Cunningham, dancing through time
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Director Alla Kovgan's captivating bio-doc "Cunningham" (1919-2009) provides a hypnotic view of the fabled gay star dancer/teacher Merce Cunningham's choreography, timed to coincide with his 100th birthday. Filmed in B&W, sepia, and gorgeous full color, the movie, partially narrated by Cunningham himself, includes witty references to his personal and professional relationship with the avant-garde composer John Cage.
"Cunningham" follows the innovative Cunningham's artistic evolution over three decades of taking chances (1944-72), from his youth as an aspiring dancer in postwar New York to his eventual triumph as one of the world's most visionary choreographers. The filmmakers use 3D technology to weave together his philosophies and stories, resulting in an exciting journey into a breathtaking explosion of dance, music, and never-before-seen archival material. Among the highlights are Cunningham's 1964 European tour through Germany and France, and an acclaimed series of performances in London.
Cunningham was famously loath to claim the avant-garde label for his work, comparable with visual giants such as Andy Warhol. He said, "I don't describe it, I do it."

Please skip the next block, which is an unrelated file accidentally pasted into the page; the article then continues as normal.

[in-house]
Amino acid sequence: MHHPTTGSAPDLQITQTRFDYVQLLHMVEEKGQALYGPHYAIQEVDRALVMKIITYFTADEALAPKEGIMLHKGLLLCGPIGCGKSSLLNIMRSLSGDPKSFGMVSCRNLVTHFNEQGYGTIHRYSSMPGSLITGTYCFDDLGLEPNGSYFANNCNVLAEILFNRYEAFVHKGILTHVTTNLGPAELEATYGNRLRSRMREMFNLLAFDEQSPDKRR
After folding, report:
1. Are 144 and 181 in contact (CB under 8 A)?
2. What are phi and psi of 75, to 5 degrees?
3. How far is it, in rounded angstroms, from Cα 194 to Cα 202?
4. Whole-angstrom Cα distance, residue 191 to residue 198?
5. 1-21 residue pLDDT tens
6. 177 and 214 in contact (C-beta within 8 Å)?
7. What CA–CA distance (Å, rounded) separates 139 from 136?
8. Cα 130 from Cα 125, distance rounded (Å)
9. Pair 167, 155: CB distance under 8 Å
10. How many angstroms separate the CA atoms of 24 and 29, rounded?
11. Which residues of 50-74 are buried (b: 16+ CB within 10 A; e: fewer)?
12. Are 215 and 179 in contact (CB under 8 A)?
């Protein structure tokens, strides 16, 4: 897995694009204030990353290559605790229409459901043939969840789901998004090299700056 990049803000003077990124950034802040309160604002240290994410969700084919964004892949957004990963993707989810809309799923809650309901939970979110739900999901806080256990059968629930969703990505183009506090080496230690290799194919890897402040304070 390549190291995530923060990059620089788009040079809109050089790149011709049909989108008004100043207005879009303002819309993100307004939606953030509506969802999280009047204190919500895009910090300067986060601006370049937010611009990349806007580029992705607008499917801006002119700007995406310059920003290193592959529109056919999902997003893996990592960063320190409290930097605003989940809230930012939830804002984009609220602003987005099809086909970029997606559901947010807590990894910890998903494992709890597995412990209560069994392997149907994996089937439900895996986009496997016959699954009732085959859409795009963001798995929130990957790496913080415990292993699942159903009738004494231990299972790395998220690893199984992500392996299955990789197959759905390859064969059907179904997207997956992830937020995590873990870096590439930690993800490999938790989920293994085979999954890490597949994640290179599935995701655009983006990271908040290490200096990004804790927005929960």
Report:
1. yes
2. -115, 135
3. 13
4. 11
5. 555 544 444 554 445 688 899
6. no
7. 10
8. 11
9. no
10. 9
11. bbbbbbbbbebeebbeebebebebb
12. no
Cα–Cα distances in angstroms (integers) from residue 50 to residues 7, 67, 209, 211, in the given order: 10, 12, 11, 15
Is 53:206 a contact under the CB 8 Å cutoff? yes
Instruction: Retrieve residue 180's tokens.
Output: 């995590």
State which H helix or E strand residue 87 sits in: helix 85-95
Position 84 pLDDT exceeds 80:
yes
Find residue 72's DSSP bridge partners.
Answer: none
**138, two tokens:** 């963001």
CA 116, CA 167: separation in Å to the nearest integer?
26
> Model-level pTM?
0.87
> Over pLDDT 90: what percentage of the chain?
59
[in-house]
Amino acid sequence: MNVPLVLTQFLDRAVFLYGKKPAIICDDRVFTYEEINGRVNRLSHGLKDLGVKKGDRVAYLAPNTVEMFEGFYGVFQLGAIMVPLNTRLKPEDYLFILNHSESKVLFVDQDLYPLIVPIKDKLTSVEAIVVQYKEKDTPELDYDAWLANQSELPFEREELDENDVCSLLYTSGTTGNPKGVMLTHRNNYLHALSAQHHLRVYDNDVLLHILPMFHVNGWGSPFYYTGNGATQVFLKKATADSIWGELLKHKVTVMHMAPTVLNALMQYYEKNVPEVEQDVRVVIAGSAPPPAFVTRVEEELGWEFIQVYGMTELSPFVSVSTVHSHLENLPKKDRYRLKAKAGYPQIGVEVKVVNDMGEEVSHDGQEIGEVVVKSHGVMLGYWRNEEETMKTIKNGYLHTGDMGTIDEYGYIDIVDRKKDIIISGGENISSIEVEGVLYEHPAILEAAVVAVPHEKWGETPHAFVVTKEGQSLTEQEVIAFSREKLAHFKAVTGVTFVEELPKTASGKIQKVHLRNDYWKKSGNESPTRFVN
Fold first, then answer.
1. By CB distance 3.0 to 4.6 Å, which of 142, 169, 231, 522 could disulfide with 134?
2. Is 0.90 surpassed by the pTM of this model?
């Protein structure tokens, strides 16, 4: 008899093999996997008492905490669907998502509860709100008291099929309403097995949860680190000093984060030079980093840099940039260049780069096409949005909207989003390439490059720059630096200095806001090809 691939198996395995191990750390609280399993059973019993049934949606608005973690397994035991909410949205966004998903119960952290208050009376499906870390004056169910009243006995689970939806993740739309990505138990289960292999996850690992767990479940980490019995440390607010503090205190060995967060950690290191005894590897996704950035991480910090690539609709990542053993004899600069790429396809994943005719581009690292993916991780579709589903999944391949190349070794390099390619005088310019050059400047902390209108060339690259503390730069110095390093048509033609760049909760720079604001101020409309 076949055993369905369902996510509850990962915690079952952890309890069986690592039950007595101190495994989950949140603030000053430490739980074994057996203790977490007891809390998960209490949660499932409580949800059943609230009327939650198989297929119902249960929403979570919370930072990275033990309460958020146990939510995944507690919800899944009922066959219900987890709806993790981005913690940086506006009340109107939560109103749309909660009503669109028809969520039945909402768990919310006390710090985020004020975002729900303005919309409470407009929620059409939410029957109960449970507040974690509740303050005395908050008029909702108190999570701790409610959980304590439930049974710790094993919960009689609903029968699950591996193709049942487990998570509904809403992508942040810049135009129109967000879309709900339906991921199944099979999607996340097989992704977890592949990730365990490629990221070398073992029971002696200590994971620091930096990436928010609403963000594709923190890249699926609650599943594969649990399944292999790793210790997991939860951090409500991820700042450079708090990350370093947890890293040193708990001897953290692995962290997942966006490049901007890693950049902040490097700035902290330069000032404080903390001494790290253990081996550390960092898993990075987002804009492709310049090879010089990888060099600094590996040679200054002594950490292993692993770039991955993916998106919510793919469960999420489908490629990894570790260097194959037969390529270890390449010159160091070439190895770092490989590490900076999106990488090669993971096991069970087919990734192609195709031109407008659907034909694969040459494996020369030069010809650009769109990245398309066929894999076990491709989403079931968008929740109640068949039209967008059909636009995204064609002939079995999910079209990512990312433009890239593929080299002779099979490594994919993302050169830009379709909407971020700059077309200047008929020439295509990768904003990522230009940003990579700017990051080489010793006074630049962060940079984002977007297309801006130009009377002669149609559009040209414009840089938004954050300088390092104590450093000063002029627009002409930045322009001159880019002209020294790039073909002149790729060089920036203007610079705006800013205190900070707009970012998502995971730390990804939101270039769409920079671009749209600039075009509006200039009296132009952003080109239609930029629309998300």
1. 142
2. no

"I never believed the idea that dancing was the greatest of the arts," he said. "There are too many low things in it, too much sweat and low labor. But when it clicks, it becomes memorable, and one can be seduced all over again."
"Cunningham" should not be missed by devotees of modern dance and its crucial role in shaping the aesthetic sensibilities of generations eager to abandon older biases against feminine displays by men. The film documents the early years of Merce's company, when the dancers would crowd together in a beat-up VW bus, sharing the rigors of the road and allowing a vast rural audience to partake of the pleasures of free movement without judgment or prejudice. Opens Friday.